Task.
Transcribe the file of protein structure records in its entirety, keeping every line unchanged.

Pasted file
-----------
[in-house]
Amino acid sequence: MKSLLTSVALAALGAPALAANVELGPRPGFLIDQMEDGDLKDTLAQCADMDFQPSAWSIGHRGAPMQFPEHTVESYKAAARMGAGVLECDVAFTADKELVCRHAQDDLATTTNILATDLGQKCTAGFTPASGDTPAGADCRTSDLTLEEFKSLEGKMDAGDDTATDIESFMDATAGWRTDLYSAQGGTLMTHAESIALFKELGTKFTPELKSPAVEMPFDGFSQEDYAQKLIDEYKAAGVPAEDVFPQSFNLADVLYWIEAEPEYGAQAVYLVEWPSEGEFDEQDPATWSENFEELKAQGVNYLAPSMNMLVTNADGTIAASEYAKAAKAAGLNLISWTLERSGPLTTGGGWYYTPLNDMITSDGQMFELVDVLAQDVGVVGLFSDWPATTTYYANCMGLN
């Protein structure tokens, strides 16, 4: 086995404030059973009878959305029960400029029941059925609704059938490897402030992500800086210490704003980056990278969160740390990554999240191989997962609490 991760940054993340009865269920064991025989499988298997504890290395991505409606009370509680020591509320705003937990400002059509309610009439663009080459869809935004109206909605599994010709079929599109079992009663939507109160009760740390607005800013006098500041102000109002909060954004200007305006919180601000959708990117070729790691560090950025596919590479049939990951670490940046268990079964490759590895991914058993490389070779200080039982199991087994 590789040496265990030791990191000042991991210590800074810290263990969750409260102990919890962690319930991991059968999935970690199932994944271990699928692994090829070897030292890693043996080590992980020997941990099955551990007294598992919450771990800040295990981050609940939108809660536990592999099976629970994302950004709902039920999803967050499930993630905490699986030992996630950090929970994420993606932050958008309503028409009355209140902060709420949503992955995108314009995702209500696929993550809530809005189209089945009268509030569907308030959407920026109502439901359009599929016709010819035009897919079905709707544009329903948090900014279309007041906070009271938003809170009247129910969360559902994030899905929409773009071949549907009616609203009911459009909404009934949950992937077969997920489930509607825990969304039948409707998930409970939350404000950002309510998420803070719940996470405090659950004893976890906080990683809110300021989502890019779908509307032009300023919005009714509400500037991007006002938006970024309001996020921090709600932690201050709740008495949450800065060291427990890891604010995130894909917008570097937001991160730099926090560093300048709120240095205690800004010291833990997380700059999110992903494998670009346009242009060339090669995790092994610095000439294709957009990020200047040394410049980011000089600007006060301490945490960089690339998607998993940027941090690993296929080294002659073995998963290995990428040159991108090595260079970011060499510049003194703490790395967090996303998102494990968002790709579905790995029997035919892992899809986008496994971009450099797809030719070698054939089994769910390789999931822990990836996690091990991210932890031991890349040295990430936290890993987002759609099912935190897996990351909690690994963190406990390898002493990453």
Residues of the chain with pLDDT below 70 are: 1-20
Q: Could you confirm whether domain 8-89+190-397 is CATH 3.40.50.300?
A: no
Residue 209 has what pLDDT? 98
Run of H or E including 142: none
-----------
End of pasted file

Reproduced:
[in-house]
Amino acid sequence: MKSLLTSVALAALGAPALAANVELGPRPGFLIDQMEDGDLKDTLAQCADMDFQPSAWSIGHRGAPMQFPEHTVESYKAAARMGAGVLECDVAFTADKELVCRHAQDDLATTTNILATDLGQKCTAGFTPASGDTPAGADCRTSDLTLEEFKSLEGKMDAGDDTATDIESFMDATAGWRTDLYSAQGGTLMTHAESIALFKELGTKFTPELKSPAVEMPFDGFSQEDYAQKLIDEYKAAGVPAEDVFPQSFNLADVLYWIEAEPEYGAQAVYLVEWPSEGEFDEQDPATWSENFEELKAQGVNYLAPSMNMLVTNADGTIAASEYAKAAKAAGLNLISWTLERSGPLTTGGGWYYTPLNDMITSDGQMFELVDVLAQDVGVVGLFSDWPATTTYYANCMGLN
């Protein structure tokens, strides 16, 4: 086995404030059973009878959305029960400029029941059925609704059938490897402030992500800086210490704003980056990278969160740390990554999240191989997962609490 991760940054993340009865269920064991025989499988298997504890290395991505409606009370509680020591509320705003937990400002059509309610009439663009080459869809935004109206909605599994010709079929599109079992009663939507109160009760740390607005800013006098500041102000109002909060954004200007305006919180601000959708990117070729790691560090950025596919590479049939990951670490940046268990079964490759590895991914058993490389070779200080039982199991087994 590789040496265990030791990191000042991991210590800074810290263990969750409260102990919890962690319930991991059968999935970690199932994944271990699928692994090829070897030292890693043996080590992980020997941990099955551990007294598992919450771990800040295990981050609940939108809660536990592999099976629970994302950004709902039920999803967050499930993630905490699986030992996630950090929970994420993606932050958008309503028409009355209140902060709420949503992955995108314009995702209500696929993550809530809005189209089945009268509030569907308030959407920026109502439901359009599929016709010819035009897919079905709707544009329903948090900014279309007041906070009271938003809170009247129910969360559902994030899905929409773009071949549907009616609203009911459009909404009934949950992937077969997920489930509607825990969304039948409707998930409970939350404000950002309510998420803070719940996470405090659950004893976890906080990683809110300021989502890019779908509307032009300023919005009714509400500037991007006002938006970024309001996020921090709600932690201050709740008495949450800065060291427990890891604010995130894909917008570097937001991160730099926090560093300048709120240095205690800004010291833990997380700059999110992903494998670009346009242009060339090669995790092994610095000439294709957009990020200047040394410049980011000089600007006060301490945490960089690339998607998993940027941090690993296929080294002659073995998963290995990428040159991108090595260079970011060499510049003194703490790395967090996303998102494990968002790709579905790995029997035919892992899809986008496994971009450099797809030719070698054939089994769910390789999931822990990836996690091990991210932890031991890349040295990430936290890993987002759609099912935190897996990351909690690994963190406990390898002493990453």
Residues of the chain with pLDDT below 70 are: 1-20
Q: Could you confirm whether domain 8-89+190-397 is CATH 3.40.50.300?
A: no
Residue 209 has what pLDDT? 98
Run of H or E including 142: none